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A Letter from the Associate Minister to Pittsburgh Presbytery

Pace & Perseverance
July 27, 2017

Therefore, since we are surrounded by so great a cloud of witnesses, let us also lay aside every weight and the sin that clings so closely, and let us run with perseverance the race that is set before us, looking to Jesus the pioneer and perfecter of our faith, who for the sake of the joy that was set before him endured the cross, disregarding its shame, and has taken his seat at the right hand of the throne of God.(Hebrews 12:1-2, NRSV)

The fall of my sophomore year, we had a new member join the cross-country team named Ross. Ross, a senior, was trying to get in shape for the coming wrestling season and thought cross-country would be a good way to do just that. It was the opening race of the season and Ross was pumped. He was bouncing around the starting line like a boxer getting ready for a heavy weight fight. And sure enough, when the gun went off, Ross took off like a shot. He went straight to the front of the pack and was in the lead by 10 yards at the first turn, about 1/8th of a mile into the race. Before I go any further, you should know that, before this, Ross had never run a race longer than 1/4 mile and this race was 3.1 miles. It probably doesn’t surprise you to learn that, before we finished the first mile, I had caught up to Ross who was sputtering and failing badly. Despite a great start, Ross couldn't keep up the pace.

In distance running, there are two keys: pace and perseverance. There is a great temptation in distance running to go out too fast. To have a great start and then fade rapidly as the race draws to a close. Those who find success know how to pace themselves, holding back a little early on and transitioning from the start into a manageable pace. Now, most people assume that distance running is a physical activity. After all, the premise of it all seems quite simple - get from point A to point B as fast as you can. But anyone who has done distance running can tell you that it's as much a mental challenge as it is a physical one and that challenge has a name: "The Wall." "The Wall" is the point when the adrenaline has worn off, fatigue has set in, and there comes a temptation to lose focus and sit back and relax. But it turns out that, to have any chance to persevere through the challenge of the wall, you must start out at the right pace. Pace and perseverance are more mental challenges than they are physical ones and are critical ingredients to running a race well.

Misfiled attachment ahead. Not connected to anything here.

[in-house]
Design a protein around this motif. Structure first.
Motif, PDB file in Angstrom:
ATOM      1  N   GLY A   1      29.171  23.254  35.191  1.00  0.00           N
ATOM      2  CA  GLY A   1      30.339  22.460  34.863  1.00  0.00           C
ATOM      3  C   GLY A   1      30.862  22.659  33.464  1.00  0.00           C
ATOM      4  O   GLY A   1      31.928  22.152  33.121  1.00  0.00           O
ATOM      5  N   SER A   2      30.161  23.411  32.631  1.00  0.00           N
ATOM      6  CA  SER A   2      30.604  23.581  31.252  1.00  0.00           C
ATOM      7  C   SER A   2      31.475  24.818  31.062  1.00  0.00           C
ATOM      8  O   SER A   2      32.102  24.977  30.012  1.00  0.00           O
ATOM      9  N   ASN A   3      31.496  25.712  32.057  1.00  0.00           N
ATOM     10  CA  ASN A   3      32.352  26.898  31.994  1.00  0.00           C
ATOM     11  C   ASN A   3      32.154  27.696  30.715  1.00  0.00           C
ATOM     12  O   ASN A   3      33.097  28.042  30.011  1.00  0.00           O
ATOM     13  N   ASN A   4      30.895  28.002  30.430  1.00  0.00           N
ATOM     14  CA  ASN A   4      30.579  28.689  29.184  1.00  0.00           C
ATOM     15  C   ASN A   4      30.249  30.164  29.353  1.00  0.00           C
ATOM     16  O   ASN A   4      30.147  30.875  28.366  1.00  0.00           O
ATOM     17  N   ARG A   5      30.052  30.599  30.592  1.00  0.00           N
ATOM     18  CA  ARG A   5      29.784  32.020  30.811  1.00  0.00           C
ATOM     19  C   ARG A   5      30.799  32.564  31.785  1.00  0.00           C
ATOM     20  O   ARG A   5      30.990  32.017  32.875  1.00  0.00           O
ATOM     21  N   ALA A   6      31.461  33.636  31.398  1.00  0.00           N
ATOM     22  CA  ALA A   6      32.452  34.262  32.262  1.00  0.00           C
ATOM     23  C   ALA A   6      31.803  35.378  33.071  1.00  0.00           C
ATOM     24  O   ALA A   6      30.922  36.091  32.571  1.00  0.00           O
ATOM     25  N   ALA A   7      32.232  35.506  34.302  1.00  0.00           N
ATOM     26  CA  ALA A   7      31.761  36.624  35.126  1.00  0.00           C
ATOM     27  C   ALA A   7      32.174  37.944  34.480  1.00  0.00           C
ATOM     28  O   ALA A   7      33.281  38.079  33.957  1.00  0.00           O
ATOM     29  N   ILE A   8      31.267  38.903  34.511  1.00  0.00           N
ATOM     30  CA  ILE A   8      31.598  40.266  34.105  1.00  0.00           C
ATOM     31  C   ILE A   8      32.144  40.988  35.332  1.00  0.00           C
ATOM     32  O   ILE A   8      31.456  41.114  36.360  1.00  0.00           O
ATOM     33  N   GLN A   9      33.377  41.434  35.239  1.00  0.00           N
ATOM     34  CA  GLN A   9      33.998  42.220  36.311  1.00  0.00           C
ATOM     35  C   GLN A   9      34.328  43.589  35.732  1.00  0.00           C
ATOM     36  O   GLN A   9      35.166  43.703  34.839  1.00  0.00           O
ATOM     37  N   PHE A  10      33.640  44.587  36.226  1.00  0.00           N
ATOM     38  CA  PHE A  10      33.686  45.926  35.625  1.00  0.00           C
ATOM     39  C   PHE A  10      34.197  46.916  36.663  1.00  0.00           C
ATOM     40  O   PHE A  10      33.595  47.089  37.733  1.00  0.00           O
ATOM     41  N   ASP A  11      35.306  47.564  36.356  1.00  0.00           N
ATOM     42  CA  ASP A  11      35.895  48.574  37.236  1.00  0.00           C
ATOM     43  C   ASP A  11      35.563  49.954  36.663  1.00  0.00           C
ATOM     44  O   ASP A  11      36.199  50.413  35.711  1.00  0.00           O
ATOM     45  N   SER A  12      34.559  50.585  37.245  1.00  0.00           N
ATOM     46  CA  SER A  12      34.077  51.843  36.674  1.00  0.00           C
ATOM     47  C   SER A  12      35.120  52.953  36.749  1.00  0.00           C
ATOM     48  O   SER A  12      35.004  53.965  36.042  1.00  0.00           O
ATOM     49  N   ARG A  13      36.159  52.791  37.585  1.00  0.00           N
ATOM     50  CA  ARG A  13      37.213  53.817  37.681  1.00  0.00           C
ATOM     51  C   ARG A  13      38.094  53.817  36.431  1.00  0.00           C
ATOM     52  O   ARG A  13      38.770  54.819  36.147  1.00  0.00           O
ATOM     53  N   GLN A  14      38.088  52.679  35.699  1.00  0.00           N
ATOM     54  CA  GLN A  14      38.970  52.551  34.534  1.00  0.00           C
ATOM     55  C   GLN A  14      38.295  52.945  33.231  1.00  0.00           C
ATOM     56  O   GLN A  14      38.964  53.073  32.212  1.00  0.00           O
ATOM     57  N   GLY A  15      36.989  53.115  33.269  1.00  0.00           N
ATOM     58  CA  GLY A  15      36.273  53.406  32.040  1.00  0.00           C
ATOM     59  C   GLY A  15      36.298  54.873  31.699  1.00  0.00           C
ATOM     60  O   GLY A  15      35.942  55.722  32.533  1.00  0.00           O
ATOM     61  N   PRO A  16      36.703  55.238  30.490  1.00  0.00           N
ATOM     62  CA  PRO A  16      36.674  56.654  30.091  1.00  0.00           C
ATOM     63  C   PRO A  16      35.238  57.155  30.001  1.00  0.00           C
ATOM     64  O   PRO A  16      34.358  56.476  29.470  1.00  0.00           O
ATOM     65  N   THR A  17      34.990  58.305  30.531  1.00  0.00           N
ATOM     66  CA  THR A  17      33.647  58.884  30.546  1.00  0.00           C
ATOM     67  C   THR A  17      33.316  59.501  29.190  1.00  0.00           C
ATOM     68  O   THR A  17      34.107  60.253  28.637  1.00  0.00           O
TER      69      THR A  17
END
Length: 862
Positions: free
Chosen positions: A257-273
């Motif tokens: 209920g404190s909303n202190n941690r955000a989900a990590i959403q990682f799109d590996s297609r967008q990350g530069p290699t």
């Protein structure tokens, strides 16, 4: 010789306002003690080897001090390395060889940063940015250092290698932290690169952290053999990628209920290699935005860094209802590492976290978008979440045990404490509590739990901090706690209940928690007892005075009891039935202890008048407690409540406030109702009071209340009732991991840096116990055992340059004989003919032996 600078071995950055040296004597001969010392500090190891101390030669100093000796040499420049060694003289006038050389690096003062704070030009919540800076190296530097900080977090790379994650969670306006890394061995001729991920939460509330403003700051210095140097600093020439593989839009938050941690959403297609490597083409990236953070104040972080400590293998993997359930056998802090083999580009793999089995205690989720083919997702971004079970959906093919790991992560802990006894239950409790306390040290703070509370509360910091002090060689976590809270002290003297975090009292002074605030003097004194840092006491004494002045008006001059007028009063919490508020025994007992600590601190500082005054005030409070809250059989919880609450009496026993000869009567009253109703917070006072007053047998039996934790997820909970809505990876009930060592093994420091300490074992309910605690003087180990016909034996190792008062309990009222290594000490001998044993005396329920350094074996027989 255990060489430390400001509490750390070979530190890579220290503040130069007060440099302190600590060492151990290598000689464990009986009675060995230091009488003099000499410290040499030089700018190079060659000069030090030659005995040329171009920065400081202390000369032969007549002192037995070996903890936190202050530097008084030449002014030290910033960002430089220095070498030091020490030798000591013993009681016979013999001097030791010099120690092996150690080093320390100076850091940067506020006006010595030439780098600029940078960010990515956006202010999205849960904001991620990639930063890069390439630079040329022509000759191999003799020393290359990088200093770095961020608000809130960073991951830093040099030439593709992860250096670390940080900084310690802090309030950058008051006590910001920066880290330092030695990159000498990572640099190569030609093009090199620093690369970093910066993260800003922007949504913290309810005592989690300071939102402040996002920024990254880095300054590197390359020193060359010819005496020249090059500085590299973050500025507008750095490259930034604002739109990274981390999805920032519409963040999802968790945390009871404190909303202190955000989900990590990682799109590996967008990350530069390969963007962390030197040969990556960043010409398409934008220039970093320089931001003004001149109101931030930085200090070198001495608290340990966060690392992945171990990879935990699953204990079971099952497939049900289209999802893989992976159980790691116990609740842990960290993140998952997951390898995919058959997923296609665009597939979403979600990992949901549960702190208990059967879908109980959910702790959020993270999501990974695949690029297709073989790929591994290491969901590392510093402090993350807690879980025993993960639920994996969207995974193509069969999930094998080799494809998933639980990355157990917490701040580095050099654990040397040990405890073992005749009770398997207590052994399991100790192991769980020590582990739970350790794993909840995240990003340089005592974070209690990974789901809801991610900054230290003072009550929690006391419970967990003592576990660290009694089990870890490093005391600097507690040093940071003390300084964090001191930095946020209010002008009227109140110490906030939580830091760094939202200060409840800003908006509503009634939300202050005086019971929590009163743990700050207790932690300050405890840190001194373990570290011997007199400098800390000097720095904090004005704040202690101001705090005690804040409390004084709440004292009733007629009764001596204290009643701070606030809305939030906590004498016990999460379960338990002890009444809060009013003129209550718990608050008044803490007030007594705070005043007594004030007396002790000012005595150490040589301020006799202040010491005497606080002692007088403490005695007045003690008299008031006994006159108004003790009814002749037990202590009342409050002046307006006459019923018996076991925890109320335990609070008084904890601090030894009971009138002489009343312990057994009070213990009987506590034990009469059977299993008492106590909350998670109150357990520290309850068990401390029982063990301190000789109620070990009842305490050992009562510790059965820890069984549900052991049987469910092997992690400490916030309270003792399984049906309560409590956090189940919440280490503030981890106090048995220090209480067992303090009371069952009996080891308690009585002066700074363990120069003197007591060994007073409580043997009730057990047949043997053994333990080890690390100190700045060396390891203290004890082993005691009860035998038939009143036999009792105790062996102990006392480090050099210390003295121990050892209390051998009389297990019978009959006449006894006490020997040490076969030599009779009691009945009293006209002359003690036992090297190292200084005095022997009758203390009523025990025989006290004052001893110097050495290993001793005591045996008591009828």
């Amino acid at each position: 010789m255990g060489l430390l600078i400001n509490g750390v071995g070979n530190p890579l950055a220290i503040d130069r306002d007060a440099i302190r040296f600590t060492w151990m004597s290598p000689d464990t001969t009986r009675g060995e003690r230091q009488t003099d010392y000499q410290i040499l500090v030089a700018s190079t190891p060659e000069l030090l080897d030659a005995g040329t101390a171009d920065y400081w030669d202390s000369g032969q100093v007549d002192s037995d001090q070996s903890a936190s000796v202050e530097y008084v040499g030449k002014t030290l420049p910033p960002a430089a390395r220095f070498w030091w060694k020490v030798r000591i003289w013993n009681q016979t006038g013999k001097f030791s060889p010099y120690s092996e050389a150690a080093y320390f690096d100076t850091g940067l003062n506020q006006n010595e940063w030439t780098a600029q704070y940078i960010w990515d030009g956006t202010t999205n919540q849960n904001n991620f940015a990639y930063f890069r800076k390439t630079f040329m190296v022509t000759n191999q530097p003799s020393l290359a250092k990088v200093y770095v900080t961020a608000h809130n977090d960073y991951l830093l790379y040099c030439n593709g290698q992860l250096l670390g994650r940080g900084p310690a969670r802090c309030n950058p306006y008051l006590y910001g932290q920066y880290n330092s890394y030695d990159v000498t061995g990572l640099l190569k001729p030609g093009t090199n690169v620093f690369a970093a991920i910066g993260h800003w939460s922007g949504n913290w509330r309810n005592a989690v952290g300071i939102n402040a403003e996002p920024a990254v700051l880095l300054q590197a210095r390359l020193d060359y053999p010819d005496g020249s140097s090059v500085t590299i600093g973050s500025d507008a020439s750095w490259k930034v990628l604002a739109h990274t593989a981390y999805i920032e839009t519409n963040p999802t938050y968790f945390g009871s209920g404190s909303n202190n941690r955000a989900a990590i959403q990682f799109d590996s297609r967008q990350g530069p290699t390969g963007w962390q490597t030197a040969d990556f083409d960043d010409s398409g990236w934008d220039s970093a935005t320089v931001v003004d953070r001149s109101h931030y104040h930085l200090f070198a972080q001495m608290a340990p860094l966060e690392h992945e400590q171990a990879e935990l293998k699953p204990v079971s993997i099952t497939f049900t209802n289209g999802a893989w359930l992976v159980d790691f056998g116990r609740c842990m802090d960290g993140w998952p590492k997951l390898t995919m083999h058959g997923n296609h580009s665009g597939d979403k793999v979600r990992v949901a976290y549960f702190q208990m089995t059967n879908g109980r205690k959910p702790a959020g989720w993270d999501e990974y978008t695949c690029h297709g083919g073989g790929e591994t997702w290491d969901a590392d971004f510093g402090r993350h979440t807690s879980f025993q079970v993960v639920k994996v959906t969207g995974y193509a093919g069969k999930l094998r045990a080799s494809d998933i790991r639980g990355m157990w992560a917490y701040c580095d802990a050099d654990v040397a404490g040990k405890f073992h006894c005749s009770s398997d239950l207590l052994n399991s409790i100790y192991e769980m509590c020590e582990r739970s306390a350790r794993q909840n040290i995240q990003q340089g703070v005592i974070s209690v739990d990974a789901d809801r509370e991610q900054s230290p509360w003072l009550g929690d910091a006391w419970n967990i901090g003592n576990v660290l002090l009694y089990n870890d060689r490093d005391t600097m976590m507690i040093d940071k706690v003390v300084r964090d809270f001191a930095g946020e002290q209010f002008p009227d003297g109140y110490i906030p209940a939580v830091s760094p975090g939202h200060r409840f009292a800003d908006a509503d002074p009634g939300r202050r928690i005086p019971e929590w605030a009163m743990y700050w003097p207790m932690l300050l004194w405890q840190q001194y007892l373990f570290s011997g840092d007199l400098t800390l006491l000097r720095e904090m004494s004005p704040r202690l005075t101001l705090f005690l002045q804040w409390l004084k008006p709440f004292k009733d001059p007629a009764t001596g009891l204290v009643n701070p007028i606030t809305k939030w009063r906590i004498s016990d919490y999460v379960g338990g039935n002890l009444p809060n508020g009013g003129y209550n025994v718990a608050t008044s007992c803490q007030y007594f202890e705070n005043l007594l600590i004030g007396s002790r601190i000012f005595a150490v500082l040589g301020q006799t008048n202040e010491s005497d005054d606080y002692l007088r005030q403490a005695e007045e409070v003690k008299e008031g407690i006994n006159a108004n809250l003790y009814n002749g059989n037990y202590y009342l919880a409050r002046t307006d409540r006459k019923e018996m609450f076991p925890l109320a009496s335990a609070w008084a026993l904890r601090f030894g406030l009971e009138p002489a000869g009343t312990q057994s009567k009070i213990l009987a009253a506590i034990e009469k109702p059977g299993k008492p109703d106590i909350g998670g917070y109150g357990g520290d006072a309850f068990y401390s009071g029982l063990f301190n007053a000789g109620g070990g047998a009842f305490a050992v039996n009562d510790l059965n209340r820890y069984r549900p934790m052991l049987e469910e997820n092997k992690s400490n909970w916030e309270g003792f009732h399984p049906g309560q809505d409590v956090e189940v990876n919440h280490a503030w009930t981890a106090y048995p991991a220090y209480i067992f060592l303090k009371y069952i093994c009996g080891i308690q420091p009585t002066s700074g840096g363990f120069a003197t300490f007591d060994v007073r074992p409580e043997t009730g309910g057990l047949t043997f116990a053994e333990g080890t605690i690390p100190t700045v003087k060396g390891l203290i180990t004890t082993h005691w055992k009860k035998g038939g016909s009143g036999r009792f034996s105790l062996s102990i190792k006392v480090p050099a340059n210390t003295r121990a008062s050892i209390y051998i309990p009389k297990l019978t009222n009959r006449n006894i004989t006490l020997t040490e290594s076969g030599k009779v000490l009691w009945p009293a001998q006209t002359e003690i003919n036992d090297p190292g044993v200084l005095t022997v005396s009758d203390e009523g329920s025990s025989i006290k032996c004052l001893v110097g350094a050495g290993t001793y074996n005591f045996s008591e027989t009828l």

Sound familiar to anyone? The temptation to start out too fast? The difficulty of persevering through challenges? Over and over I've found a connection between distance running and serving in ministry leadership. No matter what your leadership role, I find great encouragement in the author of Hebrew's reminder "to run with perseverance the race set before us."

When I took my first call out of seminary, I dove in with two feet. I couldn't work enough and couldn't do enough. Despite the caution from those around me, I took on any new challenge that came my way and was way too eager to take on new responsibilities. Most of you can finish the rest of the story. I had started what amounted to a distance race as though it was a sprint and was soon in over my head. And then, a few months into that first call, I discovered something about ministry: it's predictably unpredictable. If you're not at a sustainable and healthy pace when the unpredictable comes, you can't persevere and you're left struggling and sputtering.

The author's selection of a race analogy for the Christian life is more than appropriate in my view. After all, there are seasons in life and ministry that require perseverance when we are called to step into new roles or face extraordinary challenges. But to persevere, to have the extra energy to engage the challenges that are bound to come, we have to pace ourselves now. There's an unforeseen challenge ahead of every one of us; the only variable we can control right now is whether we're running at a pace that will allow us to finish the race strong.


The Rev. Brian R. Wallace, Associate Minister

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